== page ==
Wooloo and Dubwool – Origin of Species

The origins of Wooloo & Dubwool

In this recurring series, I’ll analyze the origins of Pokémon designs, their culture, and their historical allusions to British culture.

The United Kingdom is made of four countries, three of which are all on the island of Great Britain. Of these, Wooloo the sheep Pokémon is closely associated with the areas of Galar based on Scotland.

Wooloo

Wooloo has a classic sheep design, with a dark face, tiny horns, and pigtails down its face. In some ways it resembles the Scottish Blackface sheep which is the most common breed of sheep in the United Kingdom.

The two stands of braided hair may be an allusion to the pigtails that were a style worn by some vikings in the Nordic countries. An archaeological dig found a depiction of the viking deity Freyja with two braids similarly hanging down her face. The Nordic legendary character Brunhild is also depicted with two long braids and a helmet with small horns on top. The Danish king Sven Forkbeard had that surname as he had two braids in his beard. This style is still common today in popular culture.

Sheep farming have played a critical role in Scotland for many centuries. In the past, sheep frequently grew regular hair more than wool. Archaeology findings suggest that sheep began being selectively bred to encourage the production of wool in the area around Iran around 6000 BC. Later, sheep began to be migrated and sold in Europe. Sheep were one particular animal raised, among common breeds including cows.

Then in the late eighteenth century and early nineteenth, there was a process in Scotland known as the Highland Clearances. This was a large-scale set of evictions by landlords to those renting their land. The tenants were replaced by sheep farmers, who could pay higher rents to the landlords. This led to a large increase in the number of sheep in the country, and had many consequences for the country’s political and economic situation.

Wooloo rolling

Wooloo’s skittish behavior is common among real sheep, and often shepherds will have dogs to help steer sheep in the right directions. There are many breeds of dogs that are notable for herding. Such species have historically included the Cardigan Welsh Corgi and the Pembroke Welsh Corgi. These dogs were used often in herding cattle, but grew less common in that role at Scotland transitioned to sheep. Today there are more sheep in Scotland than people.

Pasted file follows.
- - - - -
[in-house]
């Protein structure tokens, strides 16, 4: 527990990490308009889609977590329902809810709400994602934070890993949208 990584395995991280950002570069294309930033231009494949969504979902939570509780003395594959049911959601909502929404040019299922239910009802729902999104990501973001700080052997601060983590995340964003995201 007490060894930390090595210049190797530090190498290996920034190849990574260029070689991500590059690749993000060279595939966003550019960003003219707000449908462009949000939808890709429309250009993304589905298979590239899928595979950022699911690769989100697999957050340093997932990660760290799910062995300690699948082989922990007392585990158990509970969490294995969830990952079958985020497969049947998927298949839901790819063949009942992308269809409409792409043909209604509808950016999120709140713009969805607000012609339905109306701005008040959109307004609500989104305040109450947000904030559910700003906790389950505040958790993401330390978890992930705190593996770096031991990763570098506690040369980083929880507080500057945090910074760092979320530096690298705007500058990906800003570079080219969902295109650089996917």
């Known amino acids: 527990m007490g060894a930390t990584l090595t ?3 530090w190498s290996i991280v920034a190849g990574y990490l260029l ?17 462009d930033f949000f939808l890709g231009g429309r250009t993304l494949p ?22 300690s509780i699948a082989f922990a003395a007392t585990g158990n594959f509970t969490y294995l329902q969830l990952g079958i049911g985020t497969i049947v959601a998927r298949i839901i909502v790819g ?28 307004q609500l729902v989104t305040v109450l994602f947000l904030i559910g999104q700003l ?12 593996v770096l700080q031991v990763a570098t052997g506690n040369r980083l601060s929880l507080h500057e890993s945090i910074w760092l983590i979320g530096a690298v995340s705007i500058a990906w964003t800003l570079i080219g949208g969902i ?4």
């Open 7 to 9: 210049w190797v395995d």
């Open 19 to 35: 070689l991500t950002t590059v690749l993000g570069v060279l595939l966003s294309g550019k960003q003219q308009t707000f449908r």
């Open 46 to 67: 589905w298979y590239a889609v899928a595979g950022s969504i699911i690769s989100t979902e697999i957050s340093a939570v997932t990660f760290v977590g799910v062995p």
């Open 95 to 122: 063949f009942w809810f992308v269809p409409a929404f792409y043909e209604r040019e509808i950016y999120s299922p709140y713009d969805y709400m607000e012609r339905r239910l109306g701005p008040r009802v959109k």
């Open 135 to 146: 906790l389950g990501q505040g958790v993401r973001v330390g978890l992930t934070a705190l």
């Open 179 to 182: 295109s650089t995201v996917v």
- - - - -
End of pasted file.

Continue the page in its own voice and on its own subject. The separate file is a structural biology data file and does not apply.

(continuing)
This herding relationship is alluded to in the first Galarian gym in Turffield, where Yamper try to corral Wooloo around a grassy field.

Its curly fleece is such an effective cushion that this Pokémon could fall off a cliff and stand right back up at the bottom, unharmed.

If its fleece grows too long, Wooloo won’t be able to move. Cloth made with the wool of this Pokémon is surprisingly strong.

Sheep grow wool pretty quickly today, and require someone to shear the wool. This process is typically just cutting off most of its fleece once a year. It’s done often in the warmer months, which helps the sheep to stay cool.

Wooloo’s shiny form inverts its coloration, having a white face and black fur. This alludes to the English idiom “black sheep” which refers to a member of a group that doesn’t fit in with the others. Black fleece is a recessive trait in many sheep breeds, making it rare. In this way, a black sheep can be seen as a shiny sheep.

Dubwool

Wooloo quickly evolves into Dubwool, maturing into a larger sheep. Its name, deriving from “double” and “wool” can suggest its wool production potentially doubling or allude to its two sets of horns. The double set of horns, along with its piebald pigmentation, suggest it is based on the Jacob sheep, another common British breed of sheep raised for its wool. Unlike many breeds of sheep, female Jacob sheep are always horned.

Weave a carpet from its springy wool, and you end up with something closer to a trampoline. You’ll start to bounce the moment you set foot on it.

Its majestic horns are meant only to impress the opposite gender. They never see use in battle.

The use of its horns in mating rituals are reflected in some sheep behavior studies. One found that in some breeds of mountain sheep, horn size was correlated with mating success. Some breeds of sheep may fight each other, ramming other potential mates with horns to assert their dominance. Dubwool do not appear to do this, as the Pokédex makes clear.

The Pokédex in Sword for Beheeyem notes a relationship with Dubwool:

Whenever a Beheeyem visits a farm, a Dubwool mysteriously disappears.

Given the number of UFO sightings in Scotland, it’s not surprising that people would connect aliens to occurrences of animals disappearing or being found mutilated. This belief is reflected in the behavior of Beheeyem in Galar.

Conclusion

Given the ubiquity of sheep in Scotland, it’s not surprising to see a new Pokémon based on sheep with British and Nordic influences. It is a contrast from Mareep, Flaaffy, and Ampharos by remaining quadrupeds and developing horns rather than being Electric-type. Given the large number of sheep breeds, it seems reasonable to have several evolutionary lines with similar origins, especially given the distinctiveness of each one.